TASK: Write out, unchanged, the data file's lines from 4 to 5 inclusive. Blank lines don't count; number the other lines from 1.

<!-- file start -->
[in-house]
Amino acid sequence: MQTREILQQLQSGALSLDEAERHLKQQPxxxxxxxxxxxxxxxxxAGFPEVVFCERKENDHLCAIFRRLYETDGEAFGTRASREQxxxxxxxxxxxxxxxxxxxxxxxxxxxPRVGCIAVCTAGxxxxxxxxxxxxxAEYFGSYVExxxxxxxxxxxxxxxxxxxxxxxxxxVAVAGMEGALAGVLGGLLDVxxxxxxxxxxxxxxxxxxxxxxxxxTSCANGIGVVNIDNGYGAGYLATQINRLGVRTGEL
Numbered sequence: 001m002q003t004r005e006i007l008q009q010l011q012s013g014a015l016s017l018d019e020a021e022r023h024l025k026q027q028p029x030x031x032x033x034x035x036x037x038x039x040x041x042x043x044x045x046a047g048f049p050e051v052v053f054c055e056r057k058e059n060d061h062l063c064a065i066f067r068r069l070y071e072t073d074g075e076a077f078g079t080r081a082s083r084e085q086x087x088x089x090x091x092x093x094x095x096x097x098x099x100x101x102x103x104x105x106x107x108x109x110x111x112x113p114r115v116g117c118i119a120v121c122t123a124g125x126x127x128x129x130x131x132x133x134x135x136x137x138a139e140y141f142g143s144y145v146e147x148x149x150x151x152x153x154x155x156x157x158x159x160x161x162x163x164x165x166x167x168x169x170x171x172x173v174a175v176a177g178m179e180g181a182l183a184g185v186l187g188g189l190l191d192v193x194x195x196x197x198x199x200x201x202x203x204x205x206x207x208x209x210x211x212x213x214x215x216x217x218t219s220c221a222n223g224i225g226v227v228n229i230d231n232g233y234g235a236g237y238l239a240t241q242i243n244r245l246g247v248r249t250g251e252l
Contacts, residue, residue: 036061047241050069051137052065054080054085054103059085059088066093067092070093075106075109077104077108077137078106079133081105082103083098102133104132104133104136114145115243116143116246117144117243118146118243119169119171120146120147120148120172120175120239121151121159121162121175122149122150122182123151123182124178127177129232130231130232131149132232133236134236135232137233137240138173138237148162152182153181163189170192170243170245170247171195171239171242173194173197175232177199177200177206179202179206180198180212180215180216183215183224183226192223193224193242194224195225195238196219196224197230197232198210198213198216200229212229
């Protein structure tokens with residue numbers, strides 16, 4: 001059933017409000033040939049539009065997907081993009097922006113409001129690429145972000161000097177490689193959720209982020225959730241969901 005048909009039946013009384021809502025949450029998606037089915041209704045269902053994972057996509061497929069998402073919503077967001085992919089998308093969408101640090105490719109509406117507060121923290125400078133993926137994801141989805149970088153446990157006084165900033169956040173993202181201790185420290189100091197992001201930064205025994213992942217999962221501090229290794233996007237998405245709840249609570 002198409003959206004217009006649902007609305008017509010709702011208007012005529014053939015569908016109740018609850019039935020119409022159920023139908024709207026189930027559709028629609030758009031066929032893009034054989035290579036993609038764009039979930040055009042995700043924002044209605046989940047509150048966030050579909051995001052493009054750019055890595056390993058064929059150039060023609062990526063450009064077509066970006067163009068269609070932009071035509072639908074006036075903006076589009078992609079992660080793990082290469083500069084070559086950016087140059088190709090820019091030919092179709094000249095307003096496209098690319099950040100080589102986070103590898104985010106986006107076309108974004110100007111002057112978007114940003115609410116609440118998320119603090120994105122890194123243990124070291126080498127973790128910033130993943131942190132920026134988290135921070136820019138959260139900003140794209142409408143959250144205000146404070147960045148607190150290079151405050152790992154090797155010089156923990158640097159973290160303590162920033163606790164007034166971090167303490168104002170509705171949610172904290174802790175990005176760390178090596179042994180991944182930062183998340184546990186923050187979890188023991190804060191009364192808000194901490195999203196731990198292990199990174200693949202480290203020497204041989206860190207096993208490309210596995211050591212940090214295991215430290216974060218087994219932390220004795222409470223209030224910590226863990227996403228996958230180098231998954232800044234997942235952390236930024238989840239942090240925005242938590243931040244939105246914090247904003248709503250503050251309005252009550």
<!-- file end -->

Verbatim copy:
Contacts, residue, residue: 036061047241050069051137052065054080054085054103059085059088066093067092070093075106075109077104077108077137078106079133081105082103083098102133104132104133104136114145115243116143116246117144117243118146118243119169119171120146120147120148120172120175120239121151121159121162121175122149122150122182123151123182124178127177129232130231130232131149132232133236134236135232137233137240138173138237148162152182153181163189170192170243170245170247171195171239171242173194173197175232177199177200177206179202179206180198180212180215180216183215183224183226192223193224193242194224195225195238196219196224197230197232198210198213198216200229212229
């Protein structure tokens with residue numbers, strides 16, 4: 001059933017409000033040939049539009065997907081993009097922006113409001129690429145972000161000097177490689193959720209982020225959730241969901 005048909009039946013009384021809502025949450029998606037089915041209704045269902053994972057996509061497929069998402073919503077967001085992919089998308093969408101640090105490719109509406117507060121923290125400078133993926137994801141989805149970088153446990157006084165900033169956040173993202181201790185420290189100091197992001201930064205025994213992942217999962221501090229290794233996007237998405245709840249609570 002198409003959206004217009006649902007609305008017509010709702011208007012005529014053939015569908016109740018609850019039935020119409022159920023139908024709207026189930027559709028629609030758009031066929032893009034054989035290579036993609038764009039979930040055009042995700043924002044209605046989940047509150048966030050579909051995001052493009054750019055890595056390993058064929059150039060023609062990526063450009064077509066970006067163009068269609070932009071035509072639908074006036075903006076589009078992609079992660080793990082290469083500069084070559086950016087140059088190709090820019091030919092179709094000249095307003096496209098690319099950040100080589102986070103590898104985010106986006107076309108974004110100007111002057112978007114940003115609410116609440118998320119603090120994105122890194123243990124070291126080498127973790128910033130993943131942190132920026134988290135921070136820019138959260139900003140794209142409408143959250144205000146404070147960045148607190150290079151405050152790992154090797155010089156923990158640097159973290160303590162920033163606790164007034166971090167303490168104002170509705171949610172904290174802790175990005176760390178090596179042994180991944182930062183998340184546990186923050187979890188023991190804060191009364192808000194901490195999203196731990198292990199990174200693949202480290203020497204041989206860190207096993208490309210596995211050591212940090214295991215430290216974060218087994219932390220004795222409470223209030224910590226863990227996403228996958230180098231998954232800044234997942235952390236930024238989840239942090240925005242938590243931040244939105246914090247904003248709503250503050251309005252009550």